Turmeric lovers all over the world owe a debt to Trinity Saioo whose name has become synonymous with turmeric in India. Saioo, who was awarded the Padmashree in 2020 for her work in developing rural women-owned sustainable organic farming, has successfully trained around 800 women in her village of Mulieh, Meghalaya, to grow the purest and most potent form of turmeric through organic farming methods.
The Lakadong variety of turmeric that Saioo and the women farmers in her Self Help Groups (SHGs) grow contain between 6.0 -7.5% of curcumin, the chief constituent of turmeric that gives it its salutary properties including the bright yellow colour, and the distinctive earthy piquant taste that lays the foundation for most Indian cooking. Curcumin is a highly prized medicinal spice believed to have effective anti-inflammatory, anti-diabetic as well as anti-cancerous properties. Lakadong Turmeric, grown indigenously in the Jaintia hills of Meghalaya, is believed to be the gold standard in commercially sold turmeric.
Lakadong Turmeric owes its genesis to Trinity Saioo. But the story of Lakadong turmeric is also the story of a group of impoverished women coming together to create a sustainable economy for themselves through farming. The women manage every stage of the enterprise from farm to table. They also intentionally adhere to organic farming practices and stewardship of the environment. It is a win-win story for women and the environment.
It is the monetary value of good turmeric that brought Saioo into farming turmeric for a livelihood. Saioo discovered that the Lakadong variety of turmeric fetched more in the market than the Lakachein variety which was commonly grown in Meghalaya in 2003. “Farmers, especially women, were intrigued when my family started earning three times higher from lakadong farming. This curiosity made it easy for the Spices Board and me to impart them training. As days passed, the number of people cultivating turmeric increased,” Saioo noted.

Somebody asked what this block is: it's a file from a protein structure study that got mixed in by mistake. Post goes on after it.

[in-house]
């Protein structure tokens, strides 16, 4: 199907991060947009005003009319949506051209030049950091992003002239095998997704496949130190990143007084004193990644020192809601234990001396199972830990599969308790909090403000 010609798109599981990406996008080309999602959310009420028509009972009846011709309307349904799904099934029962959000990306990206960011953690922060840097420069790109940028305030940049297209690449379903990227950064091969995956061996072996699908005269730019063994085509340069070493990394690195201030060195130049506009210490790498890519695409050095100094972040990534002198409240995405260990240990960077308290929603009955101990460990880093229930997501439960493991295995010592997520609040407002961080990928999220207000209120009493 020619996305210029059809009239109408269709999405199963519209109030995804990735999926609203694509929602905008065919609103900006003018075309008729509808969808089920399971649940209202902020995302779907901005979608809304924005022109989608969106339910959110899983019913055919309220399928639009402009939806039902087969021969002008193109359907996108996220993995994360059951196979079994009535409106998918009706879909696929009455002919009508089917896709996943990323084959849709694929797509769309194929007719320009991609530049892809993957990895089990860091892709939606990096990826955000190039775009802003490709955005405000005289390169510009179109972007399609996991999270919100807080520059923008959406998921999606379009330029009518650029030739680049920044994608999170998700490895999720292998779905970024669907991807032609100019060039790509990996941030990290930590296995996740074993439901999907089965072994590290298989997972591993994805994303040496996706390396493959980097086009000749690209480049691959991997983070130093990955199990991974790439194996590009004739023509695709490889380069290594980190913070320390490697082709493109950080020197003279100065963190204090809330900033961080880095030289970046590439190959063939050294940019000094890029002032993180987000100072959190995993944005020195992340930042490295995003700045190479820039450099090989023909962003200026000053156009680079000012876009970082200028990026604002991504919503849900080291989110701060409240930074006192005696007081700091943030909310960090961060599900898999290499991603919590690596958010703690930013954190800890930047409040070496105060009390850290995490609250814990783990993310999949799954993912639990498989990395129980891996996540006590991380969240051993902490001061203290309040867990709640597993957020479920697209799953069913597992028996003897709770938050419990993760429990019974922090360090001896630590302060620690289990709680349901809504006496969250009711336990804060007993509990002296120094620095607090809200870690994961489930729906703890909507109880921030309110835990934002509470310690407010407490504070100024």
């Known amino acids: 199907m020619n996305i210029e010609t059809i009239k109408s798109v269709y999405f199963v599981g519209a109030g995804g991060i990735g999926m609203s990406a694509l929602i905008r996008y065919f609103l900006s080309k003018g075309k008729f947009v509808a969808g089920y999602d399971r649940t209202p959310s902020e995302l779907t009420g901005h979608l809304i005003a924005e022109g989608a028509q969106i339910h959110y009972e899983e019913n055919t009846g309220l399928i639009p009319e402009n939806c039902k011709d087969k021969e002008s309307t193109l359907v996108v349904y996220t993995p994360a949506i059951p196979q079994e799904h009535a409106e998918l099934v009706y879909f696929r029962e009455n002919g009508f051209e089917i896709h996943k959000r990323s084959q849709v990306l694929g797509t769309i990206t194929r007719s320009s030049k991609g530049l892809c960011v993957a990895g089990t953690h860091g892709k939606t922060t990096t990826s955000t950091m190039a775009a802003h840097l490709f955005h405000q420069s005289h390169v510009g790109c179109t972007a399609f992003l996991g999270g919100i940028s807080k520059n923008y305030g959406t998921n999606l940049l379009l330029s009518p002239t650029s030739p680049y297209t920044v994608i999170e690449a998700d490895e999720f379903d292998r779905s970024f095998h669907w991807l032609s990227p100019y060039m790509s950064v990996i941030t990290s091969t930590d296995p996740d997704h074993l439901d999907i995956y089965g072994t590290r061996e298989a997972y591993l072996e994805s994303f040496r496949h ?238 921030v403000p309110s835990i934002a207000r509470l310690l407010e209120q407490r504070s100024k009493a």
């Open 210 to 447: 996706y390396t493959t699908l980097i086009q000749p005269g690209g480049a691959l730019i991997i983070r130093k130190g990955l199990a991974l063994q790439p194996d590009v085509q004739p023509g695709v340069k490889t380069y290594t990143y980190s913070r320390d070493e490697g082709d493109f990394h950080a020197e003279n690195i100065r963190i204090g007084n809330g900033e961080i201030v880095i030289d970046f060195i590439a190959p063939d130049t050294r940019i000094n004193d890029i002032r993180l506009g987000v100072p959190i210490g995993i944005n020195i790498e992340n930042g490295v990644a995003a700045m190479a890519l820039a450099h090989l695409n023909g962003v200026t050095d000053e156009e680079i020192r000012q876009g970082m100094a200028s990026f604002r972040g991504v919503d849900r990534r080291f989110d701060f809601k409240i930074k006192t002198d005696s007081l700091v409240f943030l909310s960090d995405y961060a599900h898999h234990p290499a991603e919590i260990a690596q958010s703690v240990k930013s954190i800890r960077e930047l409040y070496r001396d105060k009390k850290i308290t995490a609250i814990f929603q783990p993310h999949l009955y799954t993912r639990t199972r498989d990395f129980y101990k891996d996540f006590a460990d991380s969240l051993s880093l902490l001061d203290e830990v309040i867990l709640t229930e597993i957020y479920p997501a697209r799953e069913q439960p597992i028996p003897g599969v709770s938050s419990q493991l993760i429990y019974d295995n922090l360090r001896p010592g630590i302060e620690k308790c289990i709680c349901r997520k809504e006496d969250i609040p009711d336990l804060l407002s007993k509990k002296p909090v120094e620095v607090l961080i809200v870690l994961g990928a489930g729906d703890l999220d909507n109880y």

Saioo belongs to the Jaintia hill tribe, one of the matrilineal hill tribes of Meghalaya that follows matrilineal descent of inheritance. Women head the households in matrilineal societies and they inherit the ancestral property, as opposed to a patrilineal system where inheritance follows the male descendents. Perhaps it is the ingrained age-old initiative and wisdom of the matrilineal system that empowered Saioo, who was trained as a school teacher, and whose mother had also cultivated turmeric as a cash crop, to take the lead in educating the women in her village on the process of sustainable and organic farming of turmeric.
Saidoo took it upon herself to visit the other women farmers, most of whom could not read or write, and educate them on the relative high yield and greater market value of Lakadong turmeric. She helped them apply for farm subsidies and ecologically sustainable vermicomposting subsidies with the Spices Board in Shillong, the capital of Meghalaya. Meghalaya with its abundant rainfall, moist climate, and rich mountain soil had the perfect conditions to grow turmeric. With the help of the Meghalaya Spices Board, Saioo was able to help the women buy the relatively more expensive Lakadong seedlings.